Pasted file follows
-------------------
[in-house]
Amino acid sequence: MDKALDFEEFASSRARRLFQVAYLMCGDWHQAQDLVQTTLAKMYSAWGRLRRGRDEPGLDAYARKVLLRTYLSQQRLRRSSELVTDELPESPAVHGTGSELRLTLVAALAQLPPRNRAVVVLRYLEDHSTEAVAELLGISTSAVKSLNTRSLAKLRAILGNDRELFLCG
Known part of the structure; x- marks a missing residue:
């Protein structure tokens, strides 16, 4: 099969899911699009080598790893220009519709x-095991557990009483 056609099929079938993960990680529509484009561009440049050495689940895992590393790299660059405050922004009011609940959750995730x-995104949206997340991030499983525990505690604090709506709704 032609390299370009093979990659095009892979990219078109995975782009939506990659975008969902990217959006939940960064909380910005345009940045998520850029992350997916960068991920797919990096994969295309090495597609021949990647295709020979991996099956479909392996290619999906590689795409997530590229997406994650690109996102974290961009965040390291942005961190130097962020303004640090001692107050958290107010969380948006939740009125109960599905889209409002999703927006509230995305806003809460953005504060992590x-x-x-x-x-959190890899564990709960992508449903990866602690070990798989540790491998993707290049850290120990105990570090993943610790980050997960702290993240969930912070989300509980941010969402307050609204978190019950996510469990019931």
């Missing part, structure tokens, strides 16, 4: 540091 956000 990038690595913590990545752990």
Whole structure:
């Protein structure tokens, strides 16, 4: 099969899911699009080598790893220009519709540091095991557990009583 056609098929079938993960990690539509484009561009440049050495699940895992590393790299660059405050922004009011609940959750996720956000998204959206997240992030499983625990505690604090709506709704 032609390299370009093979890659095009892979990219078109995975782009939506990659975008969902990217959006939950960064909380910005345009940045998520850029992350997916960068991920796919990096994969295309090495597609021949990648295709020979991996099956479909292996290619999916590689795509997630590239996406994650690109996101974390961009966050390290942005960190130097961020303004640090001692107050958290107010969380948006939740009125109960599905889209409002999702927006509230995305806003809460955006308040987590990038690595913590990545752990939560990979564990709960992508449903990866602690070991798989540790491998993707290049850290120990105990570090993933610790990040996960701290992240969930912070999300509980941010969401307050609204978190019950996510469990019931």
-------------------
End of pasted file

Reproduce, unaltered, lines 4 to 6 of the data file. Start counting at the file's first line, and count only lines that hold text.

């Protein structure tokens, strides 16, 4: 099969899911699009080598790893220009519709x-095991557990009483 056609099929079938993960990680529509484009561009440049050495689940895992590393790299660059405050922004009011609940959750995730x-995104949206997340991030499983525990505690604090709506709704 032609390299370009093979990659095009892979990219078109995975782009939506990659975008969902990217959006939940960064909380910005345009940045998520850029992350997916960068991920797919990096994969295309090495597609021949990647295709020979991996099956479909392996290619999906590689795409997530590229997406994650690109996102974290961009965040390291942005961190130097962020303004640090001692107050958290107010969380948006939740009125109960599905889209409002999703927006509230995305806003809460953005504060992590x-x-x-x-x-959190890899564990709960992508449903990866602690070990798989540790491998993707290049850290120990105990570090993943610790980050997960702290993240969930912070989300509980941010969402307050609204978190019950996510469990019931």
């Missing part, structure tokens, strides 16, 4: 540091 956000 990038690595913590990545752990």
Whole structure: